People moves: PGGM names new CFRO, Pictet gains ex-Publica deputy CEO [updated]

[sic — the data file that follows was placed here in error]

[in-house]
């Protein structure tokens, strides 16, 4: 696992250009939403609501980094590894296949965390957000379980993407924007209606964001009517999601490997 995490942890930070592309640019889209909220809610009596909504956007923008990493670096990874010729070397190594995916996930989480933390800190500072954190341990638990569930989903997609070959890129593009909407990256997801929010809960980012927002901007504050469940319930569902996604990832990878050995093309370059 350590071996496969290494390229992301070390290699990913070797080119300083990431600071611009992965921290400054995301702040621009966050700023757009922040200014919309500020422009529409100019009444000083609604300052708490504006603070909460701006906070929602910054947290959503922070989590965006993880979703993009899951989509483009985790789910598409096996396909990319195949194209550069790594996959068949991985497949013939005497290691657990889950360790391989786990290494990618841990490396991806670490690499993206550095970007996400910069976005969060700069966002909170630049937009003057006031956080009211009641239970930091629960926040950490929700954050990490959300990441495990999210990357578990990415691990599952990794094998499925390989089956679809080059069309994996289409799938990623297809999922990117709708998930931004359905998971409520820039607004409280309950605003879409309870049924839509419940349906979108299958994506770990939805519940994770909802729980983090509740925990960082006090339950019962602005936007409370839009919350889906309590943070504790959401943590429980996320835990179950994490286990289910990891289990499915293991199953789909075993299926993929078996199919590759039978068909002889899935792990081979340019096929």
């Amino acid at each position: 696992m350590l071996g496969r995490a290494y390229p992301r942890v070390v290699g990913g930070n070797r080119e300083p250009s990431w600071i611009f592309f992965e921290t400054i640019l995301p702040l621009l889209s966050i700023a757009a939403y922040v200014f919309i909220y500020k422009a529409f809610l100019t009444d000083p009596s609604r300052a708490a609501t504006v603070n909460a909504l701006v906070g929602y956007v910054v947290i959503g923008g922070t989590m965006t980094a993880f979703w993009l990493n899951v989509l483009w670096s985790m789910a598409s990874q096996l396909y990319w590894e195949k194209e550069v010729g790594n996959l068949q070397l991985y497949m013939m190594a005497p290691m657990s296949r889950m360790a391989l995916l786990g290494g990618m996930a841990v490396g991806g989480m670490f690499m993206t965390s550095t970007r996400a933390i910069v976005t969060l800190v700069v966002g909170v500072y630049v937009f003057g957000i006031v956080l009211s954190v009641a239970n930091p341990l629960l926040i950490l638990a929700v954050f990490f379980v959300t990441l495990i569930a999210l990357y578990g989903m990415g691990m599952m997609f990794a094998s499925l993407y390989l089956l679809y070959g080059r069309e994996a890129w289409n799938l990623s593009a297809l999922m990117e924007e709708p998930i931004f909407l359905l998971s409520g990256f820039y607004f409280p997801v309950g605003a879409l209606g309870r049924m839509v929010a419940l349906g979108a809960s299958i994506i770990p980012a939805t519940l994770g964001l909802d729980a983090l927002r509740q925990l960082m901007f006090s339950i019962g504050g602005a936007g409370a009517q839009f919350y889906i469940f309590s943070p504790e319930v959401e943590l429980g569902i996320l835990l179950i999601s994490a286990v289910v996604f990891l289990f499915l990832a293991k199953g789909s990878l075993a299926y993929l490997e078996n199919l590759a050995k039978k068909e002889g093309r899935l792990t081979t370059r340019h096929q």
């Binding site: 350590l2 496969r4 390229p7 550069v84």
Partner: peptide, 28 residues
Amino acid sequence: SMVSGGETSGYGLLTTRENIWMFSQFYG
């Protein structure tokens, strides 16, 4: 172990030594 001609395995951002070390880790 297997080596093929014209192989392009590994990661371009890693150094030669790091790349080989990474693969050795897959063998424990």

first_imgAt PGGM he will be succeeding Paul Boomkamp, who is to become a member of the executive board at Erasmus Medical Centre in Rotterdam. Pictet Asset Management – Susanne Haury von Siebenthal , former head of asset management at Switzerland’s largest penson fund, has become a non-executive director of the Swiss holding company that controls all the asset management entities in the Pictet Group. The appointment takes effect from January 2020.She currently holds several board and investment committee positions at Swiss foundations and pension funds and was most recently a non-executive director at BlackRock Asset Management Switzerland .She has held various senior positions with Credit Suisse and UBS as well as heading institutional asset management at Bank Leu. From 2004 to 2013 she was head of asset management and deputy CEO at Publica , the Swiss pension fund for federal employees. PDN – Jos Op Heij has been appointed a board member of PDN, the €7.3bn pension fund of Dutch chemicals giant DSM. He is to focus on risk management and compliance. Since April, he had been compliance and alert officer at DSM , where he has worked since 1985. Between 2005 and 2012, he was also a trustee and a member of the pension fund’s investment committee.Kempen – Ben Kramer has left Kempen to become chief client officer at Anthos Fund & Asset Management , the asset manager for the Brenninkmeijer family, the heirs of retail chain C&A.At Anthos, Kramer is a member of the management team headed by Jacco Maters, the former chief executive at Delta Lloyd Asset Management. Recently, Anthos announced that it would extend its services to third parties. In 2017 Kramer moved from BMO Global Asset Management to Kempen, where he had been responsible for the firm’s relationship with pension funds and insurers. Kempen said it would fill in Kramer’s position internally.UBS Asset Management (UBS AM) – Barry Gill, the Swiss asset manager’s head of active equities, has taken on the position of head of investments, succeeding Suni Harford, who was recently appointed president of UBS AM and a member of the group executive board of UBS. Gill will become a member of the UBS AM executive committee, reporting to Suni, and continue to be based in New York. Ian McIntosh will take over as head of active equities, having been Gill’s deputy since 2016.  Newton Investment Management – Ilga Haubelt has been hired as head of equity opportunities, a new role created in connection with the “formalisation” of Newton’s active equity team as comprising two principal hubs – equity income and equity opportunities. Haubelt, who joins Newton on 4 November, was most recently at Deka Investment, where she was head of global equities, overseeing a team of 23 people and assets of more than £12bn (€13.7bn). As of 30 September Newton managed £23.5bn of active equity mandates, of which equity opportunities accounted for £11.1bn.  ASR – Dutch (pensions) insurer ASR has named Gisella van Vollenhoven and Gerard van Olphen as members of its supervisory board (RvC) for a four-year period. Van Vollenhoven is to succeed Annet Aris, who completed her term. Van Olphen’s appointmentment follows an extension of the RvC with a sixth member.Van Vollenhoven was director of pension supervision at supervisor De Nederlandsche Bank (DNB) from 2017 to April 2019. Van Olphen is chief executive of APG, the €529bn asset manager and pensions provider for the large civil service scheme ABP.The supervisory board said it intended to appoint Ingrid de Graaf-de Swart as a new and third member of the executive board as of 1 December.Truvalue Labs – Adam Salvatori has been hired as global head of client solutions at the provider of AI-driven environmental, social and governance (ESG) data. The role is new. Salvatori was most recenlty global head of commodities systematic trading strats and head of Americas commodities investor strats at Goldman Sachs. PGGM, Pictet Asset Management, Publica, PDN, DSM, Kempen, Anthos, UBS Asset Management, Newton Investment Management, Deka Investment, ASR, Truvalue Labs PGGM – The supervisory board of the €250bn Dutch asset manager PGGM has appointed Willem Jan Brinkman as chief financial and risk officer (CFRO) as of 1 November. Currently principal investment manager at PGGM Private Equity, Brinkman will also be vice chairman of the asset manager’s executive board.Brinkman joined PGGM in 2015, initially combining his job with his role as CFRO of the Dutch Investment Institution (NLII). At PGGM, he implemented a new private equity strategy in part aimed at impact investments targeting climate change, water scarcity, food security and healthcare.Before joining PGGM, Brinkman worked as a partner at KPMG Corporate Finance, advising Dutch pension service providers, including A&O on its acquisition by PGGM in 2013.last_img read more